Consent 2.0

Johnson: conversations about consent, dealing with rejection need to happen repeatedly.

Consent, like many other topics related to sexuality, requires more than one conversation.

Though it is tempting in the era of #metoo disclosures to focus on consent being simple and easy, leaving it there can intentionally and unintentionally create a culture of confusion and victim blaming. And that doesn’t help anyone.

Recently, I led a weekend retreat with 50 senior high students from Federal Way and the surrounding area.

On Saturday afternoon, when I asked how many of them had learned about consent, all hands went up. Even so, the discussions we had in smaller groups around this topic were deep, meaningful and life changing for some.

In those conversations, some youth found their voices to talk about incidents where they’d experienced harassment and assault. And in those same conversations, other youth took time to listen to how their own behavior, which they had thought was “no big deal,” was actually disrespectful and even harmful to people they care about. These young people were taking another step toward respecting each other and being responsible for their own actions.

The King County Sexual Assault Resource Center has a satellite resource called 100 Conversations, 100conversations.org. This resource was developed with input from youth who saw that a lack of information about sex was a root cause of sexual assault. These wise young people realized quickly that having “the talk” with a child is not enough. Learning about sex and how it intersects with other aspects of our lives requires many, many conversations over a lifetime. Hence, the name of their site.

100 Conversations guides you through conversations to have with your family — about boundaries, values, relationships, consent, bullying, media and more. This is important work for families, and something many parents put off due to discomfort or because they are focused on other priorities, like school activities, sports and other extracurriculars. However, taking time to insert these conversations into mealtimes or carpool runs can change lives.

Saying “no” comes with a cost, and that cost is often some form of rejection. In a culture where many well-meaning adults make all kinds of exceptions for youth in order to ease the pain of growing up, we can miss the importance of having skills to deal with the many forms of rejection. Rejection can look like not being invited to a birthday party, being left out at recess, not making a team, or having your heart broken. It can look like being ignored, saying “I just want to be friends,” name calling and intentional social isolation.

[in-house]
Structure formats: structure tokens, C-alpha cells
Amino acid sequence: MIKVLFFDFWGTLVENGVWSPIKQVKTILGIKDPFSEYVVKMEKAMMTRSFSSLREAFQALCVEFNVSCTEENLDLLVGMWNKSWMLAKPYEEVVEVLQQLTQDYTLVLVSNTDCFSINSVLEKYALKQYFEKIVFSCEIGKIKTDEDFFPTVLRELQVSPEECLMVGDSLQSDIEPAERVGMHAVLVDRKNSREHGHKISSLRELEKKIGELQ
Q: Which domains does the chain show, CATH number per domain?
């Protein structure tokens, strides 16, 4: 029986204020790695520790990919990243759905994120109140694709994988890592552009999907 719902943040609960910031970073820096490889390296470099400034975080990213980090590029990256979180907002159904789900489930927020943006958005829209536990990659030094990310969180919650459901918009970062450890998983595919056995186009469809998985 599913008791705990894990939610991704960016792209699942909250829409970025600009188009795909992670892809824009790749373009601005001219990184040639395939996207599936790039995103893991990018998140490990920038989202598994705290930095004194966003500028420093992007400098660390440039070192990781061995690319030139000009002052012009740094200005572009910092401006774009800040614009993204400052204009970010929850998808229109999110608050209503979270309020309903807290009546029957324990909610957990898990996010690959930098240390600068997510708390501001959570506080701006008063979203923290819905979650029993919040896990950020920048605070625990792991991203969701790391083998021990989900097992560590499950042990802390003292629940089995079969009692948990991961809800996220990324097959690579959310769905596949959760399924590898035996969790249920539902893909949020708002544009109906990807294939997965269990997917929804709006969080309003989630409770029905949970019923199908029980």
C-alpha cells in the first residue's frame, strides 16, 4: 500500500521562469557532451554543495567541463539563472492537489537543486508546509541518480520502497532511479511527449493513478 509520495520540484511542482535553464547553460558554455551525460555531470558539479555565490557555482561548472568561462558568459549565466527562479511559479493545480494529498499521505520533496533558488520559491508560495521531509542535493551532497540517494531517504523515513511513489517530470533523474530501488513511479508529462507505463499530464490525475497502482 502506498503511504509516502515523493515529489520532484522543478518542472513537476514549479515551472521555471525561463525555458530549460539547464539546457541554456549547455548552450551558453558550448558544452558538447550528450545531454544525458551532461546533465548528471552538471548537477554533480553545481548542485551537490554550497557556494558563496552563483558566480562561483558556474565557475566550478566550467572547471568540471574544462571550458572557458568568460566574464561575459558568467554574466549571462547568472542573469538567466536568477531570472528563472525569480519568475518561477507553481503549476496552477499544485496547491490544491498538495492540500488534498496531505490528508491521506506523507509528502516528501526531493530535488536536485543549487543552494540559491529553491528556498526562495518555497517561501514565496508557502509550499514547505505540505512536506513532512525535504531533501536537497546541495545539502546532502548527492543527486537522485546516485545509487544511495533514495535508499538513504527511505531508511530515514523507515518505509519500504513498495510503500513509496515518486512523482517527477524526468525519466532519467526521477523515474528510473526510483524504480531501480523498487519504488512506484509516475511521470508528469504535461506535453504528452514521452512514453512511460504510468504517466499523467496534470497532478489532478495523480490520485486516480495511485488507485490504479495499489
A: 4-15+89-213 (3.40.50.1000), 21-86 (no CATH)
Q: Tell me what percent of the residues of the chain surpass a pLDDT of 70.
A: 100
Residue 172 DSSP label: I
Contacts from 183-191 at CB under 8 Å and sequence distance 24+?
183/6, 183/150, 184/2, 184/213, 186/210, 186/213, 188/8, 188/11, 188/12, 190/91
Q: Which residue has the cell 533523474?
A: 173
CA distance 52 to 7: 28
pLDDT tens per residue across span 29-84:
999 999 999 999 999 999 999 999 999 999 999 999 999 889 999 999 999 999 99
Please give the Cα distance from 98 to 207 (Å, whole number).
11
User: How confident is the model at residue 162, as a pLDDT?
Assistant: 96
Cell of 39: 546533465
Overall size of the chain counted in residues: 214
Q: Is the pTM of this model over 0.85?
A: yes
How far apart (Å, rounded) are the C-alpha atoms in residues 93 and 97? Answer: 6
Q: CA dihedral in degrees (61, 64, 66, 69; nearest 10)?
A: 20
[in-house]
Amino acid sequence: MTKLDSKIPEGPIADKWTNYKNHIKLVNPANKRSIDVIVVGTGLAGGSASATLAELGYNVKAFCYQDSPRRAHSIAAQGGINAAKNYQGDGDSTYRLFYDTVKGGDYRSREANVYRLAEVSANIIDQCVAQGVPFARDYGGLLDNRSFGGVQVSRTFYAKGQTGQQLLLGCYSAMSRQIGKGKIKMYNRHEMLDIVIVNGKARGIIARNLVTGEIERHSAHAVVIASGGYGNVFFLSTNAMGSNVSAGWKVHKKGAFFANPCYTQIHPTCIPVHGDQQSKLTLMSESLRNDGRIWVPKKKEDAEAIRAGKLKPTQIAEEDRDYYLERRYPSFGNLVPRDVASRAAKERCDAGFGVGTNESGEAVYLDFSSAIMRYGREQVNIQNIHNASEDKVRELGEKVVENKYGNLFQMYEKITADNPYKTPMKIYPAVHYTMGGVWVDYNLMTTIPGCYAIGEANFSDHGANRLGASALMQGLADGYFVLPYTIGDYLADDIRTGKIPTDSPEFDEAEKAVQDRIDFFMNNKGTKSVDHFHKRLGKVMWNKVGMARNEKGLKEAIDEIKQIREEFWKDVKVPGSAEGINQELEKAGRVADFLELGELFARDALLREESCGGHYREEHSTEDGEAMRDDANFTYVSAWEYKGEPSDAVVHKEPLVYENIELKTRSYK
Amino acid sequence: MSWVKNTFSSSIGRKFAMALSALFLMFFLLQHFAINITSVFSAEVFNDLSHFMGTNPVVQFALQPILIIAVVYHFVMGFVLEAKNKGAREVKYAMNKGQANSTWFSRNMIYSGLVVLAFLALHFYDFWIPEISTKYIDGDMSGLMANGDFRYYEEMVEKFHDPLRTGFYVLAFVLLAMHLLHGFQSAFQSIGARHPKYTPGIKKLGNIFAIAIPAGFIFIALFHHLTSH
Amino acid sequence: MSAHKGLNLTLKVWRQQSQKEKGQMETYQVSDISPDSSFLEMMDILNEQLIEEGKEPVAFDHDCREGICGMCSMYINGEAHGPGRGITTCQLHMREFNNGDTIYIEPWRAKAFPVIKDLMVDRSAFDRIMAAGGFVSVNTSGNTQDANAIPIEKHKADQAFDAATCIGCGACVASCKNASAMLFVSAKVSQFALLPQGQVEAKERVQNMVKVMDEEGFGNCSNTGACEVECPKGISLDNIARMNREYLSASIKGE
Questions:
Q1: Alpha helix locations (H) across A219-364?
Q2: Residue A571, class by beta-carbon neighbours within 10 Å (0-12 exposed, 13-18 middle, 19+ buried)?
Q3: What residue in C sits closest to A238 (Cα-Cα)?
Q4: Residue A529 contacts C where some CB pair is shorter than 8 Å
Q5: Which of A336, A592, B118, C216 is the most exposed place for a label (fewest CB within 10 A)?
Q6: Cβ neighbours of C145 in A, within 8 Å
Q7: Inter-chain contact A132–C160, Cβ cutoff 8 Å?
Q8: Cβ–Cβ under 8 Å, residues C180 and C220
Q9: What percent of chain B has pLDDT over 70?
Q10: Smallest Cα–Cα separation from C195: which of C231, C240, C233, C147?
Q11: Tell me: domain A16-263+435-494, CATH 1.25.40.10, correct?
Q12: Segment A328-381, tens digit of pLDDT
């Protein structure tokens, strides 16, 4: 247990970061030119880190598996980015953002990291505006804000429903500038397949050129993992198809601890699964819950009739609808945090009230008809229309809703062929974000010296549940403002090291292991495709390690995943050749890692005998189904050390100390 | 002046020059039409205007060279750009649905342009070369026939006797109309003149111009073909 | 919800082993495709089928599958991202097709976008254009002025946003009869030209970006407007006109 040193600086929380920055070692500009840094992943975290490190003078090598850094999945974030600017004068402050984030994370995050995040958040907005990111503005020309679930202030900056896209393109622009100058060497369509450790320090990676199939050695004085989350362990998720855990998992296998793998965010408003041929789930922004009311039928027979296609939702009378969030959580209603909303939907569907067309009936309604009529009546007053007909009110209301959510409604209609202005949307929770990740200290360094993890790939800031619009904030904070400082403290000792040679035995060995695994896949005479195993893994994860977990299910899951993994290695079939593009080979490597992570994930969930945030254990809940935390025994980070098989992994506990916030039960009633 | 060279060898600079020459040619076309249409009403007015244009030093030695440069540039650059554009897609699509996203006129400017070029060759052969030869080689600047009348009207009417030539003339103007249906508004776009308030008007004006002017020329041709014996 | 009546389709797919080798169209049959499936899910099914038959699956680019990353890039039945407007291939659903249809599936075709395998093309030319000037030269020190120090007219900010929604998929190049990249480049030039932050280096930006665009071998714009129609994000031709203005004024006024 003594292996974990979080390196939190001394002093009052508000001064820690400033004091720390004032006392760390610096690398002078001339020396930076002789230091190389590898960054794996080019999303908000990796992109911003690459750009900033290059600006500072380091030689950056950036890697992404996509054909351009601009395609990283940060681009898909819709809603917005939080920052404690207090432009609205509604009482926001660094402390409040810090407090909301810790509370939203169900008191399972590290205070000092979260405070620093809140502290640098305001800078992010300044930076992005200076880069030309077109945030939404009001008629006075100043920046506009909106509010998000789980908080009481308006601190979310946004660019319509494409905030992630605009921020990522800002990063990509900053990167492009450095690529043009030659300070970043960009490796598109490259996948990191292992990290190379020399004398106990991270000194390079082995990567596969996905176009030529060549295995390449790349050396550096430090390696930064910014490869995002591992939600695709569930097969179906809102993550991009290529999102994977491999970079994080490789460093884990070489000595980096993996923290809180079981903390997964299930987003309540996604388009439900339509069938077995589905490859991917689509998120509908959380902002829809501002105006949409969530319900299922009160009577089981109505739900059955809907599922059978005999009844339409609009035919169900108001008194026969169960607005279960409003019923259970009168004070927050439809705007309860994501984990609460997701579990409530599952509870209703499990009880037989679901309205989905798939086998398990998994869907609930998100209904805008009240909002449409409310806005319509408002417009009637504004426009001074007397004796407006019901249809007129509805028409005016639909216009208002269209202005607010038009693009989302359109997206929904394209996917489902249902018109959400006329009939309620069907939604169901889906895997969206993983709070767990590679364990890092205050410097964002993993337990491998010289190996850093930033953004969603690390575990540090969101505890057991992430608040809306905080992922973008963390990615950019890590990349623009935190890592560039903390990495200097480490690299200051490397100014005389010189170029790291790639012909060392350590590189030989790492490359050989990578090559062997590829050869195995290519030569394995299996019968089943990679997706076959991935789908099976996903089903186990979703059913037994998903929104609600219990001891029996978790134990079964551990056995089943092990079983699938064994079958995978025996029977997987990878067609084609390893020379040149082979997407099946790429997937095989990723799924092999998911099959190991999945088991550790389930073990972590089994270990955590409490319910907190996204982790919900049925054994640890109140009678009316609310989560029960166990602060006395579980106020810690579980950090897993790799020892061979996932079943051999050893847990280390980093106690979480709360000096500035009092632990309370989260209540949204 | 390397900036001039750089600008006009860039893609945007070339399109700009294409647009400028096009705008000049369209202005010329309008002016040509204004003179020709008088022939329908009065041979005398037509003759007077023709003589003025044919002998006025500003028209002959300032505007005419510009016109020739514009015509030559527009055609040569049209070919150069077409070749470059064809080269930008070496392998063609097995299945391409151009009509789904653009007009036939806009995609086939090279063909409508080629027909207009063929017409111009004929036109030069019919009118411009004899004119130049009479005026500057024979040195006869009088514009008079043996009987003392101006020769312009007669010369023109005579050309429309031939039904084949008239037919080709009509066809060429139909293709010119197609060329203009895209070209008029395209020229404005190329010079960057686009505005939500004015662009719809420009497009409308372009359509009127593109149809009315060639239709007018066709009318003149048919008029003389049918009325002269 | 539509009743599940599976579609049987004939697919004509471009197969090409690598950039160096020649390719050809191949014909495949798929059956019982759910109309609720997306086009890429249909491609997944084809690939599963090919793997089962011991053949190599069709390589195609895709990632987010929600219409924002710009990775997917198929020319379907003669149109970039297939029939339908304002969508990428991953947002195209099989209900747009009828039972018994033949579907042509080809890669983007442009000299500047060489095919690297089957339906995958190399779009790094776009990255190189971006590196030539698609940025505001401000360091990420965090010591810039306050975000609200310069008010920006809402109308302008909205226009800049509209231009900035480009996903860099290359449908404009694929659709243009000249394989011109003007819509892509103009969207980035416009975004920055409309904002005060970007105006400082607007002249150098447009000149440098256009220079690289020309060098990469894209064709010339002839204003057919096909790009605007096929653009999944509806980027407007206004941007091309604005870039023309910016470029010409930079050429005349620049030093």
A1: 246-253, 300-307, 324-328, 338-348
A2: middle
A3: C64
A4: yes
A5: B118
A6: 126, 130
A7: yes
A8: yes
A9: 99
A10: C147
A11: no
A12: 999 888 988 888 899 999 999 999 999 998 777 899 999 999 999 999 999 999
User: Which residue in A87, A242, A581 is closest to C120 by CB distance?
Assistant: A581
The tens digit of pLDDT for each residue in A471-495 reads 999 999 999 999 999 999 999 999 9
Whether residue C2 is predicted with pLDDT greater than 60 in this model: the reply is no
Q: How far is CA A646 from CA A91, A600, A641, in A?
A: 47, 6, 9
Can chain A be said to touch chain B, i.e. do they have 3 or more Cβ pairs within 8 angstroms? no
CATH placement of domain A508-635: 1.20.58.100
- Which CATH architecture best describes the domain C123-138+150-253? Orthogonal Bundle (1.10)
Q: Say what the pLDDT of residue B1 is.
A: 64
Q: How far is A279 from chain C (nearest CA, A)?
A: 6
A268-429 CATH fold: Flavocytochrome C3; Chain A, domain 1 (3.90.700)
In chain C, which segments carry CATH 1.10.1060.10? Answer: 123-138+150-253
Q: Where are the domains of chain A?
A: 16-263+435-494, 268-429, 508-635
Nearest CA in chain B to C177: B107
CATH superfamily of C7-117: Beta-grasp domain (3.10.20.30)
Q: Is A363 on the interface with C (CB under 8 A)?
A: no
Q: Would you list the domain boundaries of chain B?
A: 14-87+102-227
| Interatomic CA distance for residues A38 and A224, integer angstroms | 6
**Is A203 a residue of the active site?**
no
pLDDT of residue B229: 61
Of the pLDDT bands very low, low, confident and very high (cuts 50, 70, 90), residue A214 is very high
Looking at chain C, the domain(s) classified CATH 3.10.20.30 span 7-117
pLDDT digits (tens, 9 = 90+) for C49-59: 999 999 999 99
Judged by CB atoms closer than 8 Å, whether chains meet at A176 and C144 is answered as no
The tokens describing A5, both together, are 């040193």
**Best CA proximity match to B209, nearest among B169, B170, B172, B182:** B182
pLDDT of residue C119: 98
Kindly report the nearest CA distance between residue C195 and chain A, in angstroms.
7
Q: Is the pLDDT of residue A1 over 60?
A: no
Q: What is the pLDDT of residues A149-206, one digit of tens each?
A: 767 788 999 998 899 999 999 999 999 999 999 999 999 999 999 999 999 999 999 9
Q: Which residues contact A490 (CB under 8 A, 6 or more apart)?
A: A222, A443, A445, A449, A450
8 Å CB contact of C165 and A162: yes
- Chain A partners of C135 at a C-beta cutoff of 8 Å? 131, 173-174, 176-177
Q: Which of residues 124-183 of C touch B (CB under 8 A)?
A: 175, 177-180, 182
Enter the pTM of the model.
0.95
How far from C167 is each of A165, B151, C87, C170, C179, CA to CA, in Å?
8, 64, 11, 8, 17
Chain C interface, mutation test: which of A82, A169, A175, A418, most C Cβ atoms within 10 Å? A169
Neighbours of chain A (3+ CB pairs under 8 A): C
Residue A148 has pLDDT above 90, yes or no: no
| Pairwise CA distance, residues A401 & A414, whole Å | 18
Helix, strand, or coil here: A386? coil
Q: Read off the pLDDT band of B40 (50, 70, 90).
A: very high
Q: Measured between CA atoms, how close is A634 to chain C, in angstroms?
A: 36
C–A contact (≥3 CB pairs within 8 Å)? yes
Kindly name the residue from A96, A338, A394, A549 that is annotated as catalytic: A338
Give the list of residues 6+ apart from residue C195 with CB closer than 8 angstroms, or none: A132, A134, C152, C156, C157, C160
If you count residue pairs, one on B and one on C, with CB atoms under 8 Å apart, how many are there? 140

When we don’t take the time to intentionally address the feelings caused by rejection and cultivate skills to deal with them, we are flirting with danger. Unexamined feelings of rejection can lead to rage and result in violence toward others in an attempt to gain vengeance. This can look like anything from verbal and physical abuse to bullying to mass shootings.

These emotions can also be directed inward, creating feelings of depression and hopelessness, leading to isolation, eating disorders, cutting or even suicide.

As tempting as it is to boil consent down to a one-time lesson or conversation, I urge you to keep talking about it, even when it is uncomfortable. Create some safe spaces for youth to dive deeper. Listen. Question. Support.

Find ways to have deep conversations about consent and more — over and over and over and over. Even if what you get in return is eye rolls. Even if they say, “I know all this already.”

Our future depends on it.

Amy Johnson, MSW, is a trainer and educator in the Pacific Northwest. She specializes in sexuality education and in promoting safe and healthy sexuality culture in faith communities. All opinions are her own. She can be reached at comments@diligentjoy.com.

Consent, like many other topics related to sexuality, requires more than one conversation. Though it is tempting in the era of #metoo disclosures to focus on consent being simple and easy, leaving it there can intentionally and unintentionally create a culture of confusion and victim blaming. And that doesn’t help anyone. Recently, I led a […]

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